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by Karen Maitland
Delacorte, October 2008
480 pages
ISBN: 0385341695

Buy in the UK | Buy in Canada

Midsummer's Day, 1348, "the day on which humans and beasts alike became the wager in a divine game." The day, in short, that the Plague came to Melcombe, Dorset, England. A day on which the world changed. It is also the day that the narrator of this novel first encounters the strange child, Narigorm, fey, almost albino, distinctly strange, teller of fortunes and caster of spells. Their two fates will be entwined thereafter.

The narrator is Camelot, a seller of spurious relics, and nowhere near as respectable even as Chaucer's Pardoner. He is missing an eye and bears the scars of a horrific wound that he sometimes claims he received defence of one of his relics. Gradually, as the plague begins its inexorable spread, he becomes the centre of a company of strangers, all, like him, marginal members of society and all seeking to flee from the sickness, la morte bleue. They head inland and ever north, escaping contagion largely by avoiding any association with the possibly infectious.

They are a motley crew indeed. A pair of wandering minstrels from Venice; a magician named Zophiel, angry, sarcastic, judgmental, but terrified of something and fiercely protective of the smelly mermaid foetus he keeps locked in a case; a wise-woman, Pleasance, skilled midwife and healer, but mysteriously on the road; the young lovers Osmond, a painter and his pregnant bride Adela; and Cygnus, the swan boy with one normal arm and a swan's wing for the other.

Even before the plague, all of these were itinerants and all are concealing something, a secret sin or shame that will be revealed in the course of their travels. And one by one, they die, though not of the death they flee. When they do come to the end of the road, the conclusion is a shocker.

It is difficult to write about this novel without reference to Ariana Franklin's MISTRESS OF THE ART OF DEATH, which it far outshines. Generally speaking, commercially successful historical fiction has an element of wish-fulfilment about it. In the bad old days, this used to take the form of tight-lacing, gorgeous dresses, and saturnine heroes; lately, the spunky, independent heroine has come to prominence, pursuing an essentially "modern" career in a picturesque period. But what is really absent from both these modes is a genuine sense of period. In Franklin's case, she appears to believe that little changed between 1171, the date of her story, and the time of Chaucer, more than two hundred years later.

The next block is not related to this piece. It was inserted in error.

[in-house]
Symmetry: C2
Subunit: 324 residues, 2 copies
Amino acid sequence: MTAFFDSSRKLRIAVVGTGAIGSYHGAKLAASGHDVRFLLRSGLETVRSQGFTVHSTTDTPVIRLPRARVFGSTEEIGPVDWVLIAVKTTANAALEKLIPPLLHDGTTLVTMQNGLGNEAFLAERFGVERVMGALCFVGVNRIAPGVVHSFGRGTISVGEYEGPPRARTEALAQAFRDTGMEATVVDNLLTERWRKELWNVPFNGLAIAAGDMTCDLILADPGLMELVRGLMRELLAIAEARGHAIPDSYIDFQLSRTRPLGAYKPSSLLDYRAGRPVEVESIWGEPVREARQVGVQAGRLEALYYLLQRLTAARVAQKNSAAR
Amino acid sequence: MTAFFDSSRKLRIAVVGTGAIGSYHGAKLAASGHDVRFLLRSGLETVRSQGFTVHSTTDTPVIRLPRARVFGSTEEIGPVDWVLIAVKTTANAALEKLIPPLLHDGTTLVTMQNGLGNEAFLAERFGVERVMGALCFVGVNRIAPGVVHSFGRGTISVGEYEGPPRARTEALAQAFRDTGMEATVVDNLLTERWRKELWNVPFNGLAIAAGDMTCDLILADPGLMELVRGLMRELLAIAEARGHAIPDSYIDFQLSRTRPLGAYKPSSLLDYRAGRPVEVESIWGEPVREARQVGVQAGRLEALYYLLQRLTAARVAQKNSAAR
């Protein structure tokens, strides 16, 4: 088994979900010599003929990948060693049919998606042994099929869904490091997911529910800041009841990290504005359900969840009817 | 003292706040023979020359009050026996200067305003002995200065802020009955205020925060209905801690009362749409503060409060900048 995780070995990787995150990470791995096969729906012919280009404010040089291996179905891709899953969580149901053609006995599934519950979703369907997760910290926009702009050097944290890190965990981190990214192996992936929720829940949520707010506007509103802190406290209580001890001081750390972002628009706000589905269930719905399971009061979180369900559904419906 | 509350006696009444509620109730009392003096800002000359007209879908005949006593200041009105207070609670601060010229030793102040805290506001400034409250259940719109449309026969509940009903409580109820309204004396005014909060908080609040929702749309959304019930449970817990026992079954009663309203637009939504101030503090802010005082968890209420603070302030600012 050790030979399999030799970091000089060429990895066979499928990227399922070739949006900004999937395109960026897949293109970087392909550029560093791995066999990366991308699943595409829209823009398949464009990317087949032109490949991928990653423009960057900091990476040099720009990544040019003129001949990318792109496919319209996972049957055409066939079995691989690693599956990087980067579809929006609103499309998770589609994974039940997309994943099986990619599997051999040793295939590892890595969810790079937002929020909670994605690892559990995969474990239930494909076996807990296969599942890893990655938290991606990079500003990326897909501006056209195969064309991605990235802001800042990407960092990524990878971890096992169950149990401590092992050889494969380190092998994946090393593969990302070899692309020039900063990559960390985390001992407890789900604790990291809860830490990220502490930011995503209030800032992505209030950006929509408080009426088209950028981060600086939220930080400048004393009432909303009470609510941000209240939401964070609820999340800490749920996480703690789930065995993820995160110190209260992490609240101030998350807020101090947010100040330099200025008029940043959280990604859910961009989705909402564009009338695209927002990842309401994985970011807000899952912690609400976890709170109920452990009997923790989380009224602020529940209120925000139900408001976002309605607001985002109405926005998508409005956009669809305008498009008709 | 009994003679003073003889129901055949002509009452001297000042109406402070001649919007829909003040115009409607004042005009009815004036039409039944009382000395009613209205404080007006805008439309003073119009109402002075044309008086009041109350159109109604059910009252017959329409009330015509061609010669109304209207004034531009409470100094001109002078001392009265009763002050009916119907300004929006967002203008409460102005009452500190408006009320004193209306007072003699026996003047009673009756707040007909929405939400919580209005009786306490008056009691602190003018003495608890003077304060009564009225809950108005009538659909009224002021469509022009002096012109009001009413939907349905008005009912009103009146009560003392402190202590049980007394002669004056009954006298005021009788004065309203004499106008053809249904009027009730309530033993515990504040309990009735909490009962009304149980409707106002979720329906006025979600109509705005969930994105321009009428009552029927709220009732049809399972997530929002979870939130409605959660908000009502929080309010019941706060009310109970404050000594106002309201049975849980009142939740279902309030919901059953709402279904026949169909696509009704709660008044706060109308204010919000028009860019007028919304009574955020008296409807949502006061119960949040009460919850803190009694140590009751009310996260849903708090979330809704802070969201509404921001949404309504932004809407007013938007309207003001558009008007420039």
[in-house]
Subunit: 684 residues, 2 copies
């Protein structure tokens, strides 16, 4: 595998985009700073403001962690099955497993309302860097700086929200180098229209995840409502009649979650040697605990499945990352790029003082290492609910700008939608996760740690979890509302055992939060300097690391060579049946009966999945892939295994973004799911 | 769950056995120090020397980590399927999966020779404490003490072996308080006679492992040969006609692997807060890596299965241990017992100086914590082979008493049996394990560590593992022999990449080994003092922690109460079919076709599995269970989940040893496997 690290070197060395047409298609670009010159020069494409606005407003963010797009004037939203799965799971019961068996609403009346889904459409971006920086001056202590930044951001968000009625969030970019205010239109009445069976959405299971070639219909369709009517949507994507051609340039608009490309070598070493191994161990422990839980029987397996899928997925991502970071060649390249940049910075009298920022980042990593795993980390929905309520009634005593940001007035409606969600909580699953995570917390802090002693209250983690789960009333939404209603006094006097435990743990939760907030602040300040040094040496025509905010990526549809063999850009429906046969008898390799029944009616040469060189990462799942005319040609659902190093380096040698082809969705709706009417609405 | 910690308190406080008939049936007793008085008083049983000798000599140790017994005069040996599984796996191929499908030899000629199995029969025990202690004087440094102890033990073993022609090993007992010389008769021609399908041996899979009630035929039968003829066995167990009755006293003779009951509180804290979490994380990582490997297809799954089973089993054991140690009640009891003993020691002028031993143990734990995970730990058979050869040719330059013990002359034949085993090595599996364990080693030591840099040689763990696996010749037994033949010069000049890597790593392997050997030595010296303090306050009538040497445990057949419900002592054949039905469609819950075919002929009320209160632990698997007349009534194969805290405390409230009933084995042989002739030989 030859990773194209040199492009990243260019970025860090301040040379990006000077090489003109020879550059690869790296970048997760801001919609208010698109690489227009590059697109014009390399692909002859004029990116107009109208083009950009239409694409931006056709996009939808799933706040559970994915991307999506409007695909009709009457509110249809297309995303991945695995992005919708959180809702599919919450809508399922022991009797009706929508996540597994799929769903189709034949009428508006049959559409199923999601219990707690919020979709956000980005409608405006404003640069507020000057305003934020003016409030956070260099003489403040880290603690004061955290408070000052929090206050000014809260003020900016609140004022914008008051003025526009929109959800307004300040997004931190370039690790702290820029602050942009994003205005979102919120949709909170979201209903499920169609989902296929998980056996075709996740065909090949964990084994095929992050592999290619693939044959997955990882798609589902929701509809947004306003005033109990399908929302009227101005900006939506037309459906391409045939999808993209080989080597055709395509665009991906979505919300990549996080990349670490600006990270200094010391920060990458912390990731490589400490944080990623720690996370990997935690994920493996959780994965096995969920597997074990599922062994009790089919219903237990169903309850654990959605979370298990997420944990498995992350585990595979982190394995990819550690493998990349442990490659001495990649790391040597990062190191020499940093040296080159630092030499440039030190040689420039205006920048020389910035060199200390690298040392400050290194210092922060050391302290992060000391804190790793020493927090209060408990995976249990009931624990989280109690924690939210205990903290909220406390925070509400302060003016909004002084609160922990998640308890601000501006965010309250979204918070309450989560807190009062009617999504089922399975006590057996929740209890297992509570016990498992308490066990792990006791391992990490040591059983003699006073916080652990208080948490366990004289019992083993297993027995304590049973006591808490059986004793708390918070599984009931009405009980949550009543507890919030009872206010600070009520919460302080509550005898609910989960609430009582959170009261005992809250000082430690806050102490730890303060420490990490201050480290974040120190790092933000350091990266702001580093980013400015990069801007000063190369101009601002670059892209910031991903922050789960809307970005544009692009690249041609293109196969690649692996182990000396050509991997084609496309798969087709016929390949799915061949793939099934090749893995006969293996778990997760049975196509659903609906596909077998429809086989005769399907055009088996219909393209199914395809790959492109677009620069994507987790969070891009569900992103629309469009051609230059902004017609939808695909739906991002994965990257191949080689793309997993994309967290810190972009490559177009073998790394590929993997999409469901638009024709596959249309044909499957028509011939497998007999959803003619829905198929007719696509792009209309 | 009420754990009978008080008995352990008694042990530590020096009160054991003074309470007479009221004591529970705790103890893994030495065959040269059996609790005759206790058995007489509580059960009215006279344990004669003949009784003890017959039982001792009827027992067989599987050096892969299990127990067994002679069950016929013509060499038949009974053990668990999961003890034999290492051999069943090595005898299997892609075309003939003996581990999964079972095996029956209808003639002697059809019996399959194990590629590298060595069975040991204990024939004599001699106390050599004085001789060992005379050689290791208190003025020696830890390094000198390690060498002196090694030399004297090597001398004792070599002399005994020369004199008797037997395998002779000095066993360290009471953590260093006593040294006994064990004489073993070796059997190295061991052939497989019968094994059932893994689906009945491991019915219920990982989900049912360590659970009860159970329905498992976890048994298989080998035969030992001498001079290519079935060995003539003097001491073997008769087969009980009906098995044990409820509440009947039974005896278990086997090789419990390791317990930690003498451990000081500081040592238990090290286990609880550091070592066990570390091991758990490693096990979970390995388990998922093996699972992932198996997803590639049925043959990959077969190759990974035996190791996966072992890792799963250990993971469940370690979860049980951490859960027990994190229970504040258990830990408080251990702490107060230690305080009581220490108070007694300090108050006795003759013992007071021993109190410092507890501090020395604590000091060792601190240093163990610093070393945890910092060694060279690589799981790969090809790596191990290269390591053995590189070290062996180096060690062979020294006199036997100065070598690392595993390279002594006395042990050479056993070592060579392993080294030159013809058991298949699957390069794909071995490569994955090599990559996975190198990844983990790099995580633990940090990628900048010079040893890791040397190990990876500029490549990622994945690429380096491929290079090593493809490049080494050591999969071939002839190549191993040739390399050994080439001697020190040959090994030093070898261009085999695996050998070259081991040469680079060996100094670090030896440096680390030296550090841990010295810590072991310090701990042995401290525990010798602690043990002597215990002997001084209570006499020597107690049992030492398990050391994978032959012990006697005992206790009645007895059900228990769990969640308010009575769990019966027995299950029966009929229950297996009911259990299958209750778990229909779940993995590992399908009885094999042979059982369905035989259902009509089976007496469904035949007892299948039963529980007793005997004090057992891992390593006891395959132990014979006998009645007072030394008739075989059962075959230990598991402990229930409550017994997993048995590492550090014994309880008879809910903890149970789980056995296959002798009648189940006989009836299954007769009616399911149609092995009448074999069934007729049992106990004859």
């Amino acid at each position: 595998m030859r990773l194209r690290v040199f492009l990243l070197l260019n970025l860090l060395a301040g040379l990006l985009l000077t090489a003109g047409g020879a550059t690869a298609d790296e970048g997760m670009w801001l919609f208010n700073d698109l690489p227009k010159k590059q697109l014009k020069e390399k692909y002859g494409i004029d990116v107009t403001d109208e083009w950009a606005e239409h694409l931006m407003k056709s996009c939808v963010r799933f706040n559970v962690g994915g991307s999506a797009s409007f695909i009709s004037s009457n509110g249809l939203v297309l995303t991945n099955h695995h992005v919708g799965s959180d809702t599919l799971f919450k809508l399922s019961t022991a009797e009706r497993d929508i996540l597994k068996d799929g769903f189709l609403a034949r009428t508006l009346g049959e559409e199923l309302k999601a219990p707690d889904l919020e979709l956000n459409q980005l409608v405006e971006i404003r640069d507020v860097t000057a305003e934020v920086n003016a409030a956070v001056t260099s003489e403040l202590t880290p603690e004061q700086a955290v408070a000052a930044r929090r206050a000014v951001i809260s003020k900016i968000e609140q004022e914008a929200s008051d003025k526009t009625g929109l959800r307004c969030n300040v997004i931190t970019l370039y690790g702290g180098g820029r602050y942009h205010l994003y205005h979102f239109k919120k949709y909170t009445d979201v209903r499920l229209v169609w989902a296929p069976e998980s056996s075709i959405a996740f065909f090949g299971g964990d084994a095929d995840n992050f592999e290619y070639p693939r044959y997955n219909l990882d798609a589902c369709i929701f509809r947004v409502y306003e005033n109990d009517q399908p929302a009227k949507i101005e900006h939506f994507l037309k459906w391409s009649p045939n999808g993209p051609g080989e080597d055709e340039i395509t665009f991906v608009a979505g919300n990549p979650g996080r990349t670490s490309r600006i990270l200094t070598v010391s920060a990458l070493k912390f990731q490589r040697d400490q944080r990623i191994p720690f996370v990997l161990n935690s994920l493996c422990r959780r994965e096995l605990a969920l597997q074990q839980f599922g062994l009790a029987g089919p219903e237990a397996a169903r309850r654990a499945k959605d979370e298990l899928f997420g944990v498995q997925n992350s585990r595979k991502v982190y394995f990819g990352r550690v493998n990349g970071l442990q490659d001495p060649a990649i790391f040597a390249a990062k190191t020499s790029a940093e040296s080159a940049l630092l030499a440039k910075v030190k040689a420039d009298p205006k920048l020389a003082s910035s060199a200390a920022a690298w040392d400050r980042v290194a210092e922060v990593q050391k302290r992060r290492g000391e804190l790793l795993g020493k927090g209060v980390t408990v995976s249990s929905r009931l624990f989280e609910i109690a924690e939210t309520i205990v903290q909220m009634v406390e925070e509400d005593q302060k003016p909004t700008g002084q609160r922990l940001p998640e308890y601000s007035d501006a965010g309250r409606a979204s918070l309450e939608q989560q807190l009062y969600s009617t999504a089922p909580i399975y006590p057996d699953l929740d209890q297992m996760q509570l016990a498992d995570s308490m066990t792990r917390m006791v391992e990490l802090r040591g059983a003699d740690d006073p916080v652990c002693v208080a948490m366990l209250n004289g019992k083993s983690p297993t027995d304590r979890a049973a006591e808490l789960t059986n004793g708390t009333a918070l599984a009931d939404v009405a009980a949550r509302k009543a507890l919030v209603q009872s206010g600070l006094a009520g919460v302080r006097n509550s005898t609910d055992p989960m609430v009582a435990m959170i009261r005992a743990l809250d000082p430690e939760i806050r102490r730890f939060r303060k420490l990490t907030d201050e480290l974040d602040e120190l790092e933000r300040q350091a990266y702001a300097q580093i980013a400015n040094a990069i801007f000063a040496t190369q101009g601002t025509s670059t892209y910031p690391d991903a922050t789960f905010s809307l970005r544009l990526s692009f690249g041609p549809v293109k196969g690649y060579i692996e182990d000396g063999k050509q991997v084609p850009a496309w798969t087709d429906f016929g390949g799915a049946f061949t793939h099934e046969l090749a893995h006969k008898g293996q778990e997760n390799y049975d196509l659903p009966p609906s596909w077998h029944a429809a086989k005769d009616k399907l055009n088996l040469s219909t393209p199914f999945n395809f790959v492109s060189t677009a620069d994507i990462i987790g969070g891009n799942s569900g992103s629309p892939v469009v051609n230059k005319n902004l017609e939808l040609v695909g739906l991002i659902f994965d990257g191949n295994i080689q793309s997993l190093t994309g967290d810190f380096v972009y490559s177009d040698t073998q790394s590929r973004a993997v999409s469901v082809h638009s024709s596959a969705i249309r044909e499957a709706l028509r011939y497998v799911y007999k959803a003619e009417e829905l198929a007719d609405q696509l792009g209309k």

Lots did, of course. One of the chief agents of change was the Black Death, which in two years killed between 30% and 40% of the population. With no really viable explanation, let alone cure, for the pestilence, people turned to religion, superstition, magic, and charms for protection. Scapegoats were sought, most particularly the Jews, even if they'd been expelled from England fifty years before and despite the papal declaration that they were innocent in this regard. Maitland captures what it might have been like to live through such a time and to confront a society in which everything had utterly changed. In the absence of a live priest one could confess one's sins to anyone, "even a woman."

COMPANY OF LIARS is engrossing, but it hardly offers a pleasant escape from present woes. That plague year was also the wettest in England and sometimes one feels one is on the Somme in 1915; certainly the death toll is comparable. It takes the company rather a long time to get from Dorset to the Fens and there is little along the road to lighten the atmosphere. Still, the book feels right and we do not get the sense that historical factoids have been introduced to provide gravity. It is being compared to a number of other novels of similar subject (even the dread Dan Brown has been mentioned!), but one that has not cropped up is Barry Unsworth's MORALITY PLAY, one of the best, and perhaps most underrated medieval mysteries of them all, which likewise seizes on a pivotal historic moment and shapes a mystery to illuminate it.

Reviewed by Yvonne Klein, November 2008

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Contact: Yvonne Klein (ymk@reviewingtheevidence.com)

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